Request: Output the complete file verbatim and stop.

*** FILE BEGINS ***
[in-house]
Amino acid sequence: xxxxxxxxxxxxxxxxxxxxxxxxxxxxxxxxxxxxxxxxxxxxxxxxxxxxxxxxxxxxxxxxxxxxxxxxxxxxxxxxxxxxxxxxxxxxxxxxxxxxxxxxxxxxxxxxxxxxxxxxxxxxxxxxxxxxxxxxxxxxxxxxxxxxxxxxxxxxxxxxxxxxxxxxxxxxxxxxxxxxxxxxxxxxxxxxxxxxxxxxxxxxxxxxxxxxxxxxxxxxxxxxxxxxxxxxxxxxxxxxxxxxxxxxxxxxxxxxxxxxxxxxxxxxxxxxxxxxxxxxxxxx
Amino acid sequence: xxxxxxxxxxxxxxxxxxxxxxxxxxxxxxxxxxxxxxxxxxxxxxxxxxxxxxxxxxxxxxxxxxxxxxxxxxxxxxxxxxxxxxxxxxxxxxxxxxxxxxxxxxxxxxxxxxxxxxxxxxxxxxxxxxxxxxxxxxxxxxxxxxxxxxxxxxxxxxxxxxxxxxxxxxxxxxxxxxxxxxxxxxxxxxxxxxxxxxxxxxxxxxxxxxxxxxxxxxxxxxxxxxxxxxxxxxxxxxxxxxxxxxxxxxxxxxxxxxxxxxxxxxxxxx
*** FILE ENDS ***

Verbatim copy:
[in-house]
Amino acid sequence: xxxxxxxxxxxxxxxxxxxxxxxxxxxxxxxxxxxxxxxxxxxxxxxxxxxxxxxxxxxxxxxxxxxxxxxxxxxxxxxxxxxxxxxxxxxxxxxxxxxxxxxxxxxxxxxxxxxxxxxxxxxxxxxxxxxxxxxxxxxxxxxxxxxxxxxxxxxxxxxxxxxxxxxxxxxxxxxxxxxxxxxxxxxxxxxxxxxxxxxxxxxxxxxxxxxxxxxxxxxxxxxxxxxxxxxxxxxxxxxxxxxxxxxxxxxxxxxxxxxxxxxxxxxxxxxxxxxxxxxxxxxx
Amino acid sequence: xxxxxxxxxxxxxxxxxxxxxxxxxxxxxxxxxxxxxxxxxxxxxxxxxxxxxxxxxxxxxxxxxxxxxxxxxxxxxxxxxxxxxxxxxxxxxxxxxxxxxxxxxxxxxxxxxxxxxxxxxxxxxxxxxxxxxxxxxxxxxxxxxxxxxxxxxxxxxxxxxxxxxxxxxxxxxxxxxxxxxxxxxxxxxxxxxxxxxxxxxxxxxxxxxxxxxxxxxxxxxxxxxxxxxxxxxxxxxxxxxxxxxxxxxxxxxxxxxxxxxxxxxxxxxx